The aim of this trial was to evaluate the effects of an immunomodulatory supplement (OmniGen AF, OG; Phibro Animal Health Corp.) and heat stress on hormonal, inflammatory, and immunological responses of lactating dairy cows. Sixty multiparous Holstein cows were randomly assigned to 4 treatments in a 2 × 2 factorial arrangement using 2 environments: cooled using fans and misters, or noncooled, and 2 top-dressed feed supplements (56 g/d): OG or a placebo (CTL). Temperature-humidity index averaged 78 during the 8-wk trial. Blood was drawn to analyze cortisol, prolactin, and circulating tumor necrosis factor (TNF)-α and IL10. Peripheral blood mononuclear cells (PBMC) were isolated and stimulated with hydrocortisone, prolactin, or lipopolysaccharide (LPS), individually or in several combinations, to assess induced proliferation and cytokine production. At d 52, 6 cows per treatment were injected i.v. with an LPS bolus (ivLPS) to assess hormone and cytokine responses. For cooled cows, feeding OG increased plasma cortisol concentration relative to CTL. Noncooled cows fed CTL had lower circulating TNF-α concentrations than noncooled-OG and cooled-CTL cows, with cooled-OG intermediate. Hydrocortisone+LPS-stimulated PBMC from OG cows tended to proliferate more than CTL. Relative to cooled cows, PBMC from noncooled cows produced more TNF-α and IL10 when stimulated with LPS. Following ivLPS, cooled-OG cows had a greater cortisol response than the other treatments. In conclusion, OG supplementation enhanced cortisol release under basal condition and induced inflammation with cooling compared with CTL. This suggests that heat stress inhibits OG-mediated cortisol release. Heat stress seemed to enhance the inflammatory responses of PBMC from lactating cows. However, OG supplementation promoted PBMC proliferation under stress, or in the presence of hydrocortisone.
... It has previously been reported that conditions of hypoprolactinemia and hyperprolactinemia usually produce anti-inflammatory and immunosuppressive effects, respectively. By contrast, increased PRL in physiological ranges favors inflammation and activation of the immune system (Brand et al. 2004;Matera 1997). Low concentrations of PLR (15-30 ng/ml) favor the secretion of cytokines such as IL-12 and IFN-γ in whole blood cells, but high concentrations (100-300 ng/ml) do not affect the secretion of these cytokines (Matalka 2003). ...
Article
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Prolactin has been shown to favor both the activation and suppression of the microglia and astrocytes, as well as the release of inflammatory and anti-inflammatory cytokines. Prolactin has also been associated with neuronal damage in diseases such as multiple sclerosis, epilepsy, and in experimental models of these diseases. However, studies show that prolactin has neuroprotective effects in conditions of neuronal damage and inflammation and may be used as neuroprotector factor. In this review, we first discuss general information about prolactin, then we summarize recent findings of prolactin function in inflammatory and anti-inflammatory processes and factors involved in the possible dual role of prolactin are described. Finally, we review the function of prolactin specifically in the central nervous system and how it promotes a neuroprotective effect, or that of neuronal damage, particularly in experimental autoimmune encephalomyelitis and during excitotoxicity. The overall studies indicated that prolactin may be a promising molecule for the treatment of some neurological diseases.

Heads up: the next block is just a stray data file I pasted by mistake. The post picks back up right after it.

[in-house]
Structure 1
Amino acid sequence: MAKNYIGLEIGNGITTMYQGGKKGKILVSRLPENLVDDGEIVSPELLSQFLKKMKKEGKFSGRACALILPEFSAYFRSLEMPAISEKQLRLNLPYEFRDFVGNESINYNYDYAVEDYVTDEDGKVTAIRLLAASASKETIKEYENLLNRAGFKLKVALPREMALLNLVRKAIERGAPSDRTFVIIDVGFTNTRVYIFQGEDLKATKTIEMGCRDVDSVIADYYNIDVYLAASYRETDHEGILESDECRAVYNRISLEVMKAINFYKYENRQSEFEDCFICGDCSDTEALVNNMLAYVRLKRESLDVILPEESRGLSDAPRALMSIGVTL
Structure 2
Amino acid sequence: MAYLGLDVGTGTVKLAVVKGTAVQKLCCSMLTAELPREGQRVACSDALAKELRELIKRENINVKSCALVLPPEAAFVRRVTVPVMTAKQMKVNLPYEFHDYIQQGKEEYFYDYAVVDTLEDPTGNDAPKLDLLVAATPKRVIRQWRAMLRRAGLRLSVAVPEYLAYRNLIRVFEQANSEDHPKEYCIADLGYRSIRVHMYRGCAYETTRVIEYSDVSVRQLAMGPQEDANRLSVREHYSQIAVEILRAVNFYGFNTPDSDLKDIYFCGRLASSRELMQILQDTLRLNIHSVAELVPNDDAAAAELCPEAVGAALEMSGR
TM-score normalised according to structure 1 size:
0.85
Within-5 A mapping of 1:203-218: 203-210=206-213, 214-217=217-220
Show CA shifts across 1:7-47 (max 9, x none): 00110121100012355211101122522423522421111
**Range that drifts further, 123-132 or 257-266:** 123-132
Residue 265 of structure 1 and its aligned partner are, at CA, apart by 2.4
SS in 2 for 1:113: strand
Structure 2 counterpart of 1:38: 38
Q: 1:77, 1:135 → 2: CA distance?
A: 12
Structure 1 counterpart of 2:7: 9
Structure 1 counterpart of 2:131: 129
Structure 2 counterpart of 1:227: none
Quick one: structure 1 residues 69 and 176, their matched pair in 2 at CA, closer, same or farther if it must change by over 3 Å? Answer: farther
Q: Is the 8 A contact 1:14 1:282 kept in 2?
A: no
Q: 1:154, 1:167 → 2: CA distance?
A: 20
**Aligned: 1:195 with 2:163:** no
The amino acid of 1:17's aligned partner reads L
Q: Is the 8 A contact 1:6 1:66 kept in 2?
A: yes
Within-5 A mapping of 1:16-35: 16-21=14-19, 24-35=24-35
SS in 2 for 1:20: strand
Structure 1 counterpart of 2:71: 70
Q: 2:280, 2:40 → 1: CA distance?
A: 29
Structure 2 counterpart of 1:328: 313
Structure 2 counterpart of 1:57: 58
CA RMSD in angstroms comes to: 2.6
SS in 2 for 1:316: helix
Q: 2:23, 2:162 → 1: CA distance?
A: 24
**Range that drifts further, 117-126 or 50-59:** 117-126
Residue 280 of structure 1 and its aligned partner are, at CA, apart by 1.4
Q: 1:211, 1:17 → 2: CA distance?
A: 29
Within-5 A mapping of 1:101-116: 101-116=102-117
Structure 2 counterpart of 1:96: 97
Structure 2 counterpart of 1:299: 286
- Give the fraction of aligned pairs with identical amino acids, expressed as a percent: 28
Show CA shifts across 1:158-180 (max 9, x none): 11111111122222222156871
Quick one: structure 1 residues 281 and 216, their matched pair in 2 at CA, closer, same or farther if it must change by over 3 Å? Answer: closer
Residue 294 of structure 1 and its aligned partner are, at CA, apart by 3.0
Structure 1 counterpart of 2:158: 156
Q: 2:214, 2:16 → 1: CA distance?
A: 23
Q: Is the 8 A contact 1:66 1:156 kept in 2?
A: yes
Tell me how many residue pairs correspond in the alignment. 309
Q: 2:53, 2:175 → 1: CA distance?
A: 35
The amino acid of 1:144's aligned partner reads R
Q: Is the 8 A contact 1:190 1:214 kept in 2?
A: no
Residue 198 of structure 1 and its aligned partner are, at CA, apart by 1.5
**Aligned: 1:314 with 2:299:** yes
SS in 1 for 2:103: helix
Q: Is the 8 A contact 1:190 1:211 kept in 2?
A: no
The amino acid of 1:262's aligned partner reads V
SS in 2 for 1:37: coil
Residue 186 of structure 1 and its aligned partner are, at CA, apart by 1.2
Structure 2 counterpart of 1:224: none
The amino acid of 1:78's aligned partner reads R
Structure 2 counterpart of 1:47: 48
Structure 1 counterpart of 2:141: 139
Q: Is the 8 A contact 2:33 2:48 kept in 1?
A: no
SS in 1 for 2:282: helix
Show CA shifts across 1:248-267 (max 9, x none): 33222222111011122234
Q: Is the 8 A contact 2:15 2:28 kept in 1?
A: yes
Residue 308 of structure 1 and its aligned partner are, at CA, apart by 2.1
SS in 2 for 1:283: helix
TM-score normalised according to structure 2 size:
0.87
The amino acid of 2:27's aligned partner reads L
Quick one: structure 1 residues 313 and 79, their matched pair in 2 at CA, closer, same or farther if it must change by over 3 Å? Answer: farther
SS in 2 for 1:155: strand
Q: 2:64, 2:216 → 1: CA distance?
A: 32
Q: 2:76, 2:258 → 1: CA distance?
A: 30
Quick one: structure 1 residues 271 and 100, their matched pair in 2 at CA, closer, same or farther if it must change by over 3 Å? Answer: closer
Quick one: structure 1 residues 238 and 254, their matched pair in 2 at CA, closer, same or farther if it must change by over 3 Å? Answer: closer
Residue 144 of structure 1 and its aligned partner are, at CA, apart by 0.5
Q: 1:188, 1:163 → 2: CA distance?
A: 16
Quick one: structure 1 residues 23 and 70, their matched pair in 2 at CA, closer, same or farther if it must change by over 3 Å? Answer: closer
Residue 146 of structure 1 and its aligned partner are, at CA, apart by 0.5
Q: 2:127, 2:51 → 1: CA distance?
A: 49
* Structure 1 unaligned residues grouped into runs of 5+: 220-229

... Dopamine is the main regulator of prolactin, negatively controlling its synthesis and secretion in pituitary lactotrophs [65]. As we found here, microglial activity does not affect the pattern of prolactin secretion during sepsis, which may be beneficial, since this hormone has proinflammatory properties in many immune cells [66,67]. ...
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Sepsis promotes an inflammatory state in the central nervous system (CNS) that may cause autonomic, cognitive, and endocrine changes. Microglia, a resident immune cell of the CNS, is activated in several brain regions during sepsis, suggesting its participation in the central alterations observed in this disease. In this study, we aimed to investigate the role of microglial activation in the neuroendocrine system functions during systemic inflammation. Wistar rats received an intracerebroventricular injection of the microglial activation inhibitor minocycline (100 μg/animal), shortly before sepsis induction by cecal ligation and puncture. At 6 and 24 h after surgery, hormonal parameters, central and peripheral inflammation, and markers of apoptosis and synaptic function in the hypothalamus were analyzed. The administration of minocycline decreased the production of inflammatory mediators and the expression of cell death markers, especially in the late phase of sepsis (24 h). With respect to the endocrine parameters, microglial inhibition caused a decrease in oxytocin and an increase in corticosterone and vasopressin plasma levels in the early phase of sepsis (6 h), while in the late phase, we observed decreased oxytocin and increased ACTH and corticosterone levels compared to septic animals that did not receive minocycline. Prolactin levels were not affected by minocycline administration. The results indicate that microglial activation differentially modulates the secretion of several hormones and that this process is associated with inflammatory mediators produced both centrally and peripherally.